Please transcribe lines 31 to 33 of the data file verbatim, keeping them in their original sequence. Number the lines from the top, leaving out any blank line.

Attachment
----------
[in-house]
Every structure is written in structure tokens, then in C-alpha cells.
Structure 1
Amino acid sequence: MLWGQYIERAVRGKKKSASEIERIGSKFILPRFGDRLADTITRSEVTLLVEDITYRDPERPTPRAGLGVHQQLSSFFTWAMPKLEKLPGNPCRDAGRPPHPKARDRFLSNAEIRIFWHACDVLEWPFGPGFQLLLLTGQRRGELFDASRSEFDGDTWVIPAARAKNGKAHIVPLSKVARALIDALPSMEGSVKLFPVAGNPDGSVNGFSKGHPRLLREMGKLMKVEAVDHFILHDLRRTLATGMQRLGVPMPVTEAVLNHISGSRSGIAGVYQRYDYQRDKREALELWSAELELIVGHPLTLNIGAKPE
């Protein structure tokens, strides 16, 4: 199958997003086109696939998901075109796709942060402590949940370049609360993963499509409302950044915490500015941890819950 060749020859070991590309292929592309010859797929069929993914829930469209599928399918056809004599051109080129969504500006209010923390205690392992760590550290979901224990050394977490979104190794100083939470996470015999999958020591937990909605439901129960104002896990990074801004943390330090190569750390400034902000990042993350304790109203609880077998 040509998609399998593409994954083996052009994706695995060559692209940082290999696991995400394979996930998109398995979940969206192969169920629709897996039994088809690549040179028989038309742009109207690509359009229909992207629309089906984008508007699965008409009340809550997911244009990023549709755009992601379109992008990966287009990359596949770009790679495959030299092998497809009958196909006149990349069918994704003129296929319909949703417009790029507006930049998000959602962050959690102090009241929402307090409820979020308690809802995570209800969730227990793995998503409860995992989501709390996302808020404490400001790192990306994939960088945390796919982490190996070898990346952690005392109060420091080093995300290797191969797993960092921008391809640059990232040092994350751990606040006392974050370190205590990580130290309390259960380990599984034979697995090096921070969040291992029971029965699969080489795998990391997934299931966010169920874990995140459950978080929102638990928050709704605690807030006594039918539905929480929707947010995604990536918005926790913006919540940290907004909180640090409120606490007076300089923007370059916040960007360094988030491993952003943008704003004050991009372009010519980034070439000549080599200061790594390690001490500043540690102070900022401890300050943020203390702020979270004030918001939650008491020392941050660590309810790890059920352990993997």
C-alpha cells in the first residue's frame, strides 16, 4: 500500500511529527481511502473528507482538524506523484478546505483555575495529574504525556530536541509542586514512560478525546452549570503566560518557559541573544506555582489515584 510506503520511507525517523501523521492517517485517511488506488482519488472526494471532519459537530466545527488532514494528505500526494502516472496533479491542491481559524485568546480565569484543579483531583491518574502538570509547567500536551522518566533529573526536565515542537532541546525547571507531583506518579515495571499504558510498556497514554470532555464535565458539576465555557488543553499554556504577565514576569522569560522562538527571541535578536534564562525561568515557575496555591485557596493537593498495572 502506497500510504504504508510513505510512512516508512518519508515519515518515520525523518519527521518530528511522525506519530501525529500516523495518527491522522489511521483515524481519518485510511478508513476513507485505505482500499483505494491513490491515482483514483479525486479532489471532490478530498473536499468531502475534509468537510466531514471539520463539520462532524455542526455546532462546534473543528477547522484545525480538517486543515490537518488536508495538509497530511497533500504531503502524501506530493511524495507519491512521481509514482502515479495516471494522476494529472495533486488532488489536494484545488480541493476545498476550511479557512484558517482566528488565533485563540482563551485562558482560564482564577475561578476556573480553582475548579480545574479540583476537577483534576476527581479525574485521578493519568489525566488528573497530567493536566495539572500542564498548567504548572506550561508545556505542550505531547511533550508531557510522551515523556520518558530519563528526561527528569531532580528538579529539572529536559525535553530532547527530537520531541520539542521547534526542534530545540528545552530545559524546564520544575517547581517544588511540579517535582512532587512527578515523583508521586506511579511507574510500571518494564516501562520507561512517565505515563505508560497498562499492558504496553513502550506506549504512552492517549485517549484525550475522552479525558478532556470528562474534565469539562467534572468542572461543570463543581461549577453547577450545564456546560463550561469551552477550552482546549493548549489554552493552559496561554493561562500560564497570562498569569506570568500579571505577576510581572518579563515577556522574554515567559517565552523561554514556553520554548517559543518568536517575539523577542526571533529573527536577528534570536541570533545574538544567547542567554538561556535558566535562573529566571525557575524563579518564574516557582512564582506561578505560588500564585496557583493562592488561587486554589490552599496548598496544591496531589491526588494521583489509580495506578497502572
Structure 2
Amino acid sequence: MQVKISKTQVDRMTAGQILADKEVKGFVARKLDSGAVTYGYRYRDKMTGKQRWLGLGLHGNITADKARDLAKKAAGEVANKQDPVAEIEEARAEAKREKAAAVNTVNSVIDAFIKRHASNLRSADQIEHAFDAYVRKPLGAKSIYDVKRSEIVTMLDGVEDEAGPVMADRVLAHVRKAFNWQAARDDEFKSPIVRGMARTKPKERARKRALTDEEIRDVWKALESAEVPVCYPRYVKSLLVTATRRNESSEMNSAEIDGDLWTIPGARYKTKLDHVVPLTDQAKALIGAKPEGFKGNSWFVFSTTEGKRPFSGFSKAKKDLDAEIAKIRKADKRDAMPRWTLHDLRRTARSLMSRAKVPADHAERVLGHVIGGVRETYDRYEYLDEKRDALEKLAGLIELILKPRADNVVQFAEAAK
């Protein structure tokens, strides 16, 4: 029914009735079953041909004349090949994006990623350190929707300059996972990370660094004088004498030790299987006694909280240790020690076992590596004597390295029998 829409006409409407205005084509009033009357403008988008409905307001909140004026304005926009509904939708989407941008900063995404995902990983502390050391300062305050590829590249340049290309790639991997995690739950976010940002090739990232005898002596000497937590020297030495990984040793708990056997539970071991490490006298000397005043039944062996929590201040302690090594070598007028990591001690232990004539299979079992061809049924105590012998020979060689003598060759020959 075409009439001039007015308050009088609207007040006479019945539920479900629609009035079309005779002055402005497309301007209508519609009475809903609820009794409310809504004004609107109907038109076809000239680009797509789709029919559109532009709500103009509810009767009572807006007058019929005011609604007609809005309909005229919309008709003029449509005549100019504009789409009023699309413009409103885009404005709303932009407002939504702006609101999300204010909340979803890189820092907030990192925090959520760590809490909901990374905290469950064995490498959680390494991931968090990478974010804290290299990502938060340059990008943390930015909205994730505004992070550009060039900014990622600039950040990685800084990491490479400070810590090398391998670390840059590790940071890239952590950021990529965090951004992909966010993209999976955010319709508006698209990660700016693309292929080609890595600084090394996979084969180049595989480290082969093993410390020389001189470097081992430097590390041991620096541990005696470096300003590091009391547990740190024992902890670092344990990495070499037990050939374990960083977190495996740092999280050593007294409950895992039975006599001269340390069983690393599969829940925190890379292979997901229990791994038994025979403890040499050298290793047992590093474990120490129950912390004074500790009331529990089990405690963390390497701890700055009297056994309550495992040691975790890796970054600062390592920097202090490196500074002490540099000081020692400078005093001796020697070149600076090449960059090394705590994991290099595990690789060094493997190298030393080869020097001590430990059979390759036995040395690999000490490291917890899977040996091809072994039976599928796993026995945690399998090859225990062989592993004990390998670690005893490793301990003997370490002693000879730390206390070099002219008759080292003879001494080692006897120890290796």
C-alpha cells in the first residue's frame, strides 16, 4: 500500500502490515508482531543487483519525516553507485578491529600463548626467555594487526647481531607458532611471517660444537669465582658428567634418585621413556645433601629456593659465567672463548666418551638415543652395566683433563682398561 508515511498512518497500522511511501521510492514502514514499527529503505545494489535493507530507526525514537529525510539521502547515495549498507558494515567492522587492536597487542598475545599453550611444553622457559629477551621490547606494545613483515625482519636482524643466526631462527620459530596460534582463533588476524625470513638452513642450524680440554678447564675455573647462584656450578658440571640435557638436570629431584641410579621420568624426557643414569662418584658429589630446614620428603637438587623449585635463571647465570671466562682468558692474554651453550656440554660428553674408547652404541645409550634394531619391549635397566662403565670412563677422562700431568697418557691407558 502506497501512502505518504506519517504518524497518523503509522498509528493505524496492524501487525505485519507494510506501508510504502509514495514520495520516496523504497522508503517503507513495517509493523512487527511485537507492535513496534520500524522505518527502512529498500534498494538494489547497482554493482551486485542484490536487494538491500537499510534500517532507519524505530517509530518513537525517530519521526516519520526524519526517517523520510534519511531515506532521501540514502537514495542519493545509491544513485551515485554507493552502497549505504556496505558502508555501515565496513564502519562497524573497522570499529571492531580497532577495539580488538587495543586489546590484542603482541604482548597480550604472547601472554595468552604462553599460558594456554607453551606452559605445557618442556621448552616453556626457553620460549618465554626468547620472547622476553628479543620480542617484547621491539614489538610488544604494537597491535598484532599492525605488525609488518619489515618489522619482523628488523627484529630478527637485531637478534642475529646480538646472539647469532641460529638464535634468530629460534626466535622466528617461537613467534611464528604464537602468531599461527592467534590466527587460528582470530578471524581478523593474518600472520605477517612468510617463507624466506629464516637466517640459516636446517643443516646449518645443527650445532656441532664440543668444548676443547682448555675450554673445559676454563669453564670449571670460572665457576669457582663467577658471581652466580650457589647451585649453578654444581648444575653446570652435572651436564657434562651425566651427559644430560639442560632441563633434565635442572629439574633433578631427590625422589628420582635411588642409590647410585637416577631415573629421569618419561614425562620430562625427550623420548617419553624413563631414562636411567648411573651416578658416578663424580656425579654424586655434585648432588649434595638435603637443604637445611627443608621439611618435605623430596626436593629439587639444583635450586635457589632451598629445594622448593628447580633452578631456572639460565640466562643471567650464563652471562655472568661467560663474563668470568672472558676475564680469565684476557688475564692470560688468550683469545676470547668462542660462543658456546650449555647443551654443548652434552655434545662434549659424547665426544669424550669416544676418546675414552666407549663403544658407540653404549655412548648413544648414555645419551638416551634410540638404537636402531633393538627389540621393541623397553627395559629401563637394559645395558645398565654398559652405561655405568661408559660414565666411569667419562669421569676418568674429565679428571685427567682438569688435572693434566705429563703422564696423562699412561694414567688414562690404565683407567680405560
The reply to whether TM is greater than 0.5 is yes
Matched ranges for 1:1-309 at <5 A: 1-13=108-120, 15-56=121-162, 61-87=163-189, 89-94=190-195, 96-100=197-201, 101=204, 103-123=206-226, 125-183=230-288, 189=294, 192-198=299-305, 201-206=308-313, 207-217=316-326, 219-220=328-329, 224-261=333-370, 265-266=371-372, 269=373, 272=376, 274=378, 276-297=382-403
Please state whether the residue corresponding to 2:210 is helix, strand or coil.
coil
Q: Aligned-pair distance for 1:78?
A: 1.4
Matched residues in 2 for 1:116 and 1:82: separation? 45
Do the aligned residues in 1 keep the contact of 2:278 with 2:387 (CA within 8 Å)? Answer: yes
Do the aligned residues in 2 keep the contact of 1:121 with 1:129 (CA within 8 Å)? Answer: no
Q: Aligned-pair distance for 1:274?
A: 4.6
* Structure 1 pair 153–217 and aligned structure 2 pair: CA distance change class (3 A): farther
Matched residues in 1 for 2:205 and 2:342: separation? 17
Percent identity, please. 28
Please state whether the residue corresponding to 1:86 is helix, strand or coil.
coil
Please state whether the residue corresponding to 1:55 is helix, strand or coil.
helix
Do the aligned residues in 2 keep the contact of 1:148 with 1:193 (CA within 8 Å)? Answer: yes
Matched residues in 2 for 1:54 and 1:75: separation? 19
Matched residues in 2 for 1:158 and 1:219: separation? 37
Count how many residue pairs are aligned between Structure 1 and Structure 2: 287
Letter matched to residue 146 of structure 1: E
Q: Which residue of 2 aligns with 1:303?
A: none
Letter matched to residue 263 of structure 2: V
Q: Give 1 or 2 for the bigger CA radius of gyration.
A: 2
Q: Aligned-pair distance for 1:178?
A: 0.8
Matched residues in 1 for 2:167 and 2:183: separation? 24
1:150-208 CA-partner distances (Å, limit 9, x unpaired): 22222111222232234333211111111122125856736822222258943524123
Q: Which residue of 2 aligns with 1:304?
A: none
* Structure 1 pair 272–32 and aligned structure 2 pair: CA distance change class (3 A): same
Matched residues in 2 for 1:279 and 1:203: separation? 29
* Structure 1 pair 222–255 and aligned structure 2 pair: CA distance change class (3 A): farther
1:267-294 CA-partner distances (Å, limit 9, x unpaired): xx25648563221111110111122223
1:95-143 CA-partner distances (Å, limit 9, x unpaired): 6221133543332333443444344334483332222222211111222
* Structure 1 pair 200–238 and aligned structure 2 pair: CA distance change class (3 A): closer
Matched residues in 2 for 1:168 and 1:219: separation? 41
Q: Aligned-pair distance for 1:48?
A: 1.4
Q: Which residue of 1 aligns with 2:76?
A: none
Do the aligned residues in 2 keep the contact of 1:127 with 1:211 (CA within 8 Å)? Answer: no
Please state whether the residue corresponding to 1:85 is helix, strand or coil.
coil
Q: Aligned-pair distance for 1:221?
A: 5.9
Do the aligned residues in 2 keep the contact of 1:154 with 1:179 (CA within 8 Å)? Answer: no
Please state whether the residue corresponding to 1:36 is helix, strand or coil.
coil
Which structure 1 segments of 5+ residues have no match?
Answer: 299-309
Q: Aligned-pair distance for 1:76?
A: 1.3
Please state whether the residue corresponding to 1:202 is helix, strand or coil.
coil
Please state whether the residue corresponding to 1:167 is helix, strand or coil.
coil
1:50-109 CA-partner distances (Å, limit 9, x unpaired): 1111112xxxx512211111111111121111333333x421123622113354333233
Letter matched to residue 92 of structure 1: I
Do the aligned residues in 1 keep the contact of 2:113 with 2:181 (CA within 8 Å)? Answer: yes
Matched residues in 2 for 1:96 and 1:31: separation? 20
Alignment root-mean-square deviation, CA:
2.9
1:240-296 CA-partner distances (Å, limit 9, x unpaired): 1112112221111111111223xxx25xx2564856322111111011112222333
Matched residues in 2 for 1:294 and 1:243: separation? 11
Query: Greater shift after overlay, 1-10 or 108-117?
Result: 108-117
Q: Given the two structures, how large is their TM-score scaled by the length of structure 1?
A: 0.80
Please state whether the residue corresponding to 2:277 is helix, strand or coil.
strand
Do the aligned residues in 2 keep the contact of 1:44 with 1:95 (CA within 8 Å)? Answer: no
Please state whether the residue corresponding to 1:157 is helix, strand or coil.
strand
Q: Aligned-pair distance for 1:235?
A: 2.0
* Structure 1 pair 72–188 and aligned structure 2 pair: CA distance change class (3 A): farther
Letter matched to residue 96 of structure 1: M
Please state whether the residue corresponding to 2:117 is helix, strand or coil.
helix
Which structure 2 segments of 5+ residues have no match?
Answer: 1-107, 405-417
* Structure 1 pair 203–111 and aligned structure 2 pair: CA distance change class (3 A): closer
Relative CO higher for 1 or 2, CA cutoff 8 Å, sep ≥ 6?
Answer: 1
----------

Matched residues in 2 for 1:158 and 1:219: separation? 37
Count how many residue pairs are aligned between Structure 1 and Structure 2: 287
Letter matched to residue 146 of structure 1: E